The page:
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I have several threads running for an almost infinite time and number of iteration. The iteration count being reset to 0 when a best solution has been found. A max number of iteration is set to prevent an infinite loop.

I use a countdownlatch to stop the process when all thread have reach the max number of iteration. In other word, when a thread reach the max number of iteration, it notifies my main thread using notifyThreadStop() which, when all thread are stopped, triggers countdown().

Note: my threads are running inside a FixedThreadPool ExecutorService.

I would like to add a maxTime latch. So what i did is the following

List<Runnable> r = .... //(contains all my runnables)
myExecutorService.invokeAll(r);

if(maxtime > 0){
    mylatch.await(maxTime,TimeUnit.Seconds);
    (1)
    do stuff...
    exit;
}
else{
    mylatch.await();
    myExecutorService.shutdownNow();
    do stuff...
    exit;
}

Now, I know that if the countdown has triggered the latch, it means that all threads are stopped so I can shutdownNow my ExecutorService.

It is not the case when the max time has been reached. So in (1) i would like to iterate through all my runners to terminate them in a civilized way :-) . For that, i have defined a function requestTermination() that, simply put, set the iterationCounter to MaxIterationCount in my runnables.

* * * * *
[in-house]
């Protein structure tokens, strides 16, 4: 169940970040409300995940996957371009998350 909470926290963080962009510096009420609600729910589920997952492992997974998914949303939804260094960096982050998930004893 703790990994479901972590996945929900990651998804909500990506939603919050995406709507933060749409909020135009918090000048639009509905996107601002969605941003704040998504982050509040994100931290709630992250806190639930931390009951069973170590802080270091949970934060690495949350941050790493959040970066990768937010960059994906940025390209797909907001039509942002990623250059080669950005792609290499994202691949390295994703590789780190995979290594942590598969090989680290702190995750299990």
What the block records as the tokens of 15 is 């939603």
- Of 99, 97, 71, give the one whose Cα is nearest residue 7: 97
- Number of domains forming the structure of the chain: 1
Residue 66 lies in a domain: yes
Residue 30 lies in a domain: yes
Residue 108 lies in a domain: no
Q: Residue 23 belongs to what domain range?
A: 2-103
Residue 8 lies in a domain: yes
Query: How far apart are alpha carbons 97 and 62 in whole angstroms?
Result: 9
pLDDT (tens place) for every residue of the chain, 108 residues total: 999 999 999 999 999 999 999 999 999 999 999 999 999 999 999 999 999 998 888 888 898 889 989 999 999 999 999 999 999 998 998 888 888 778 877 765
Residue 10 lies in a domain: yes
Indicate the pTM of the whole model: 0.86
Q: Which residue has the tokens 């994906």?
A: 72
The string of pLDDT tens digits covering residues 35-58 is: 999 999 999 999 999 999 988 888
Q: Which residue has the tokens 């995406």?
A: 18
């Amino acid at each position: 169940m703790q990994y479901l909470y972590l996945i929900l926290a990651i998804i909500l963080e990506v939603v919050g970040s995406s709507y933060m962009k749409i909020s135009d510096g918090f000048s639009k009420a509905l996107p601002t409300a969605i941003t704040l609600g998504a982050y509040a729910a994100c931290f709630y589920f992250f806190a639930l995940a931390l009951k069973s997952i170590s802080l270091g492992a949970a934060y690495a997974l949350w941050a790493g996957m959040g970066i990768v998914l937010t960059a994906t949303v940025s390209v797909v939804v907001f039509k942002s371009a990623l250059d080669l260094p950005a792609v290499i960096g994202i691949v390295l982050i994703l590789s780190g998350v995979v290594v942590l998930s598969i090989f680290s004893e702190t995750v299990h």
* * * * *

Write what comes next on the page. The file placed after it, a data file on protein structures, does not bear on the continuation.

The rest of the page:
So (1) would become

    for(Runnable runner: r){
        if(r.getIsRunning()){r.requestTermination();}
    }
    (2)

Now, I need to wait again until all threads are really stopped before i can proceed.... hmmmm just thinking that i could have an additional latch and work with that.

So (2) would become

    mylatch2.await();
    myExecutorService.shutdownNow();

Of course, my function notifyThreadStop() would need to be modified of it and would need a flag telling it to do a countdown() on mylatch2 as opposed to mylatch.

I think I have just answered my question but since all this has been written, I'll leave it here for others to refer to it.

The question would now be: Any better way of handling this? Would a shutdownNow() in (1) or (2) be the only thing required? Knowing that my my threads have to close their own log file and shutdown their inner Callable thread*ss* before exiting.

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2 Answers 2

up vote 0 down vote accepted

If you use shutdownNow() and awaitTernimation() this will interrupt all running tasks and wait for them to finish.

Provided the tasks can be interuppted and close all resources correct when interrupt, there shouldn't be a problem. (If there is a problem, this is a bug in your task code which you should fix)

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Ok, i have looked at http://www.ibm.com/developerworks/java/library/j-jtp05236.html and I think i got it. I basically was re-inventing the wheel with my method requestTermination(). I will keep this as a manual way of closing my thread. Still needs it in another part of my code. –  Bastan Feb 4 '11 at 18:53

I think I have just answered my question but since all this has been written

You did, indeed :-) If there's one thing to add is that you should be careful with RuntimeExceptions, otherwise, your shutdownNow() may never be called. But you knew that already, right?

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yes of course ;-) –  Bastan Feb 4 '11 at 18:12

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